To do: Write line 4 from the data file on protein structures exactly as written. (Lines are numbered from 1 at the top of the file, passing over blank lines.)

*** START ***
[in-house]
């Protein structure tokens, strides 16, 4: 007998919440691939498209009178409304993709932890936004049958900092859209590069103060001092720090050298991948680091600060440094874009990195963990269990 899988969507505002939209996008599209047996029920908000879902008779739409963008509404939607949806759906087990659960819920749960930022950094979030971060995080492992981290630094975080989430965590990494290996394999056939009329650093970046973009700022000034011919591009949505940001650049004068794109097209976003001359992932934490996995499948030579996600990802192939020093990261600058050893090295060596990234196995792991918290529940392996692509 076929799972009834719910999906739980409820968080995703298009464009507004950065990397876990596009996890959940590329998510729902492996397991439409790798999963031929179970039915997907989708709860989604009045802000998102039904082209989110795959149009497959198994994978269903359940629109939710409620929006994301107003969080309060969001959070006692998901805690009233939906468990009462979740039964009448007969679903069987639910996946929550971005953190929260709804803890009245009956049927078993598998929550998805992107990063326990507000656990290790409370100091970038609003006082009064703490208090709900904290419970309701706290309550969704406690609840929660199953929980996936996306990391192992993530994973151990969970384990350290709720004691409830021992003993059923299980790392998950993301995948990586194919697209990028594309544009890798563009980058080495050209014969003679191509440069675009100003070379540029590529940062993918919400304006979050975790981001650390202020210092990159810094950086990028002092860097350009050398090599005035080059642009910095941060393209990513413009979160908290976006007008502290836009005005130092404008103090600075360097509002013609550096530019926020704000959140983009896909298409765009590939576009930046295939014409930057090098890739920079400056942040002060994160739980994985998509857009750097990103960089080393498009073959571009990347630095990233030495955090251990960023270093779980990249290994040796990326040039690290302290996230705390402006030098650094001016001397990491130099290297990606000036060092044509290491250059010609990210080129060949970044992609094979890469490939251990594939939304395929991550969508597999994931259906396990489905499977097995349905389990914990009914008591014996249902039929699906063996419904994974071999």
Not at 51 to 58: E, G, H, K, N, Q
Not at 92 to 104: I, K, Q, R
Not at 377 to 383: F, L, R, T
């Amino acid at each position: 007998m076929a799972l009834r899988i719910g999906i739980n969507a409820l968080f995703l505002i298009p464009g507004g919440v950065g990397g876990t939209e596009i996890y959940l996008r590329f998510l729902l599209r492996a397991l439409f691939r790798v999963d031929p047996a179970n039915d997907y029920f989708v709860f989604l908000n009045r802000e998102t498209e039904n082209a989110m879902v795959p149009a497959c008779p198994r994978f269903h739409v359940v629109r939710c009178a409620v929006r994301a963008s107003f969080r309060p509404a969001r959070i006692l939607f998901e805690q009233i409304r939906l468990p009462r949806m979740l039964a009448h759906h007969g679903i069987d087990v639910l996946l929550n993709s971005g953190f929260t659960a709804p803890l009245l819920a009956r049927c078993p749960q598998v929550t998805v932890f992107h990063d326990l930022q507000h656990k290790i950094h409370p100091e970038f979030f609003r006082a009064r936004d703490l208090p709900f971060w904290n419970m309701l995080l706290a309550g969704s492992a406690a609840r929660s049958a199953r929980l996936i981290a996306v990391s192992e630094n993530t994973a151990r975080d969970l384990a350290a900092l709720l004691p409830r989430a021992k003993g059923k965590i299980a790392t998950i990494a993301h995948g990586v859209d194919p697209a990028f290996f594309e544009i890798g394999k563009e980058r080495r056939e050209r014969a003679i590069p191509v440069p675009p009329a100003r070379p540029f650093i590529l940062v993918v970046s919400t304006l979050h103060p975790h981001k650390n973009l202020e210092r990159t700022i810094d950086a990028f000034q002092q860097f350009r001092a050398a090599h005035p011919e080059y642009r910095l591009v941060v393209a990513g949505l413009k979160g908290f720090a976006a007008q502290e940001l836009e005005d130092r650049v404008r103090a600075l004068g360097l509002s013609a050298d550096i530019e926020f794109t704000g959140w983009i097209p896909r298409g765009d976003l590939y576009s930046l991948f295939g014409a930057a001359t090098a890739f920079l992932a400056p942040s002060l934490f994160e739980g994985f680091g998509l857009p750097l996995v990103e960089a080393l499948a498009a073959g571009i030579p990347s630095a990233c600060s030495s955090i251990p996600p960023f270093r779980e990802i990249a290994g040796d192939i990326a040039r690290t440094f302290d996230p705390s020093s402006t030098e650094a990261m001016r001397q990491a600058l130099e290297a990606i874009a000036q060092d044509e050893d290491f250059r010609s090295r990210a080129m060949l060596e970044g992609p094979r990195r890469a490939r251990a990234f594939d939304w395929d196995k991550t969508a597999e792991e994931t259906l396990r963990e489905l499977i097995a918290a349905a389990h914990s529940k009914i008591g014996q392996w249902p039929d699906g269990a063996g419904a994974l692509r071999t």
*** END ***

Not at 92 to 104: I, K, Q, R